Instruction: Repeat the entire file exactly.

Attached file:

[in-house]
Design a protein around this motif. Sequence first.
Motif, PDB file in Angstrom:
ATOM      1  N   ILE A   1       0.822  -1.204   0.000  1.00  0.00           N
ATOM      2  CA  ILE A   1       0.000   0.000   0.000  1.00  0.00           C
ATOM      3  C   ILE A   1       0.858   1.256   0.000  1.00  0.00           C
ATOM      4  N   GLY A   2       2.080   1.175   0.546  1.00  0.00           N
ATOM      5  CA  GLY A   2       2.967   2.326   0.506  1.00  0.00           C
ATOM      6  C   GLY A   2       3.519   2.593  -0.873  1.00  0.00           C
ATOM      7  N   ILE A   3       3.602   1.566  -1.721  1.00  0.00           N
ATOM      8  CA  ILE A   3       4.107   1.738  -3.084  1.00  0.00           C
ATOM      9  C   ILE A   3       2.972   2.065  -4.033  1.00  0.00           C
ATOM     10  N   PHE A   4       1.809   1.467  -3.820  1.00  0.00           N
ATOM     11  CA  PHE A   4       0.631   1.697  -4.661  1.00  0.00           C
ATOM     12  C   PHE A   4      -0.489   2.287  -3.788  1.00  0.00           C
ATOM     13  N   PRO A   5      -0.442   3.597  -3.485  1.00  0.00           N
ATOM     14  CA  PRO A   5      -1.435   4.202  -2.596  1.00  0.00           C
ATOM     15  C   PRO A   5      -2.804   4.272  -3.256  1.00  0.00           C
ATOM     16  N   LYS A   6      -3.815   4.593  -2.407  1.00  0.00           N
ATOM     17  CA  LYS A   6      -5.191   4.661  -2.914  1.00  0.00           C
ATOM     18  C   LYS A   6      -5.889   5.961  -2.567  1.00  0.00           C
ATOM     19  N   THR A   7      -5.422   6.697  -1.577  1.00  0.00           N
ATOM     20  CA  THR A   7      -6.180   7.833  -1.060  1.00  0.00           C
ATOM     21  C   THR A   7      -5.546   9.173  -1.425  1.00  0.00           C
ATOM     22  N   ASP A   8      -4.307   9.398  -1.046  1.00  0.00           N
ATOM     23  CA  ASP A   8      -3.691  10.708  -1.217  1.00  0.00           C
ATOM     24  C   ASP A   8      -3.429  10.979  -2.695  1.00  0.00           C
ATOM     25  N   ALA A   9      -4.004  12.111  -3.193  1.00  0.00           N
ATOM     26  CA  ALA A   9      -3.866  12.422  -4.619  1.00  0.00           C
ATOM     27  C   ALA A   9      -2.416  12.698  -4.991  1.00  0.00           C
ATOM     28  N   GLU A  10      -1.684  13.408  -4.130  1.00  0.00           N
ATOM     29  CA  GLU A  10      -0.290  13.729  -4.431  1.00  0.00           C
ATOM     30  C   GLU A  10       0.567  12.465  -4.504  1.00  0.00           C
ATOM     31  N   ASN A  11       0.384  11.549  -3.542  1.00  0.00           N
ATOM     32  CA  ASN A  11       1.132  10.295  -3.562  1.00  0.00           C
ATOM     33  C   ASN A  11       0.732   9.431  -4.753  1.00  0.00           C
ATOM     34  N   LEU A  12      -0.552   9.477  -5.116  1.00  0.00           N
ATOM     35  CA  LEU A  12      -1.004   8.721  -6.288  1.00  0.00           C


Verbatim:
[in-house]
Design a protein around this motif. Sequence first.
Motif, PDB file in Angstrom:
ATOM      1  N   ILE A   1       0.822  -1.204   0.000  1.00  0.00           N
ATOM      2  CA  ILE A   1       0.000   0.000   0.000  1.00  0.00           C
ATOM      3  C   ILE A   1       0.858   1.256   0.000  1.00  0.00           C
ATOM      4  N   GLY A   2       2.080   1.175   0.546  1.00  0.00           N
ATOM      5  CA  GLY A   2       2.967   2.326   0.506  1.00  0.00           C
ATOM      6  C   GLY A   2       3.519   2.593  -0.873  1.00  0.00           C
ATOM      7  N   ILE A   3       3.602   1.566  -1.721  1.00  0.00           N
ATOM      8  CA  ILE A   3       4.107   1.738  -3.084  1.00  0.00           C
ATOM      9  C   ILE A   3       2.972   2.065  -4.033  1.00  0.00           C
ATOM     10  N   PHE A   4       1.809   1.467  -3.820  1.00  0.00           N
ATOM     11  CA  PHE A   4       0.631   1.697  -4.661  1.00  0.00           C
ATOM     12  C   PHE A   4      -0.489   2.287  -3.788  1.00  0.00           C
ATOM     13  N   PRO A   5      -0.442   3.597  -3.485  1.00  0.00           N
ATOM     14  CA  PRO A   5      -1.435   4.202  -2.596  1.00  0.00           C
ATOM     15  C   PRO A   5      -2.804   4.272  -3.256  1.00  0.00           C
ATOM     16  N   LYS A   6      -3.815   4.593  -2.407  1.00  0.00           N
ATOM     17  CA  LYS A   6      -5.191   4.661  -2.914  1.00  0.00           C
ATOM     18  C   LYS A   6      -5.889   5.961  -2.567  1.00  0.00           C
ATOM     19  N   THR A   7      -5.422   6.697  -1.577  1.00  0.00           N
ATOM     20  CA  THR A   7      -6.180   7.833  -1.060  1.00  0.00           C
ATOM     21  C   THR A   7      -5.546   9.173  -1.425  1.00  0.00           C
ATOM     22  N   ASP A   8      -4.307   9.398  -1.046  1.00  0.00           N
ATOM     23  CA  ASP A   8      -3.691  10.708  -1.217  1.00  0.00           C
ATOM     24  C   ASP A   8      -3.429  10.979  -2.695  1.00  0.00           C
ATOM     25  N   ALA A   9      -4.004  12.111  -3.193  1.00  0.00           N
ATOM     26  CA  ALA A   9      -3.866  12.422  -4.619  1.00  0.00           C
ATOM     27  C   ALA A   9      -2.416  12.698  -4.991  1.00  0.00           C
ATOM     28  N   GLU A  10      -1.684  13.408  -4.130  1.00  0.00           N
ATOM     29  CA  GLU A  10      -0.290  13.729  -4.431  1.00  0.00           C
ATOM     30  C   GLU A  10       0.567  12.465  -4.504  1.00  0.00           C
ATOM     31  N   ASN A  11       0.384  11.549  -3.542  1.00  0.00           N
ATOM     32  CA  ASN A  11       1.132  10.295  -3.562  1.00  0.00           C
ATOM     33  C   ASN A  11       0.732   9.431  -4.753  1.00  0.00           C
ATOM     34  N   LEU A  12      -0.552   9.477  -5.116  1.00  0.00           N
ATOM     35  CA  LEU A  12      -1.004   8.721  -6.288  1.00  0.00           C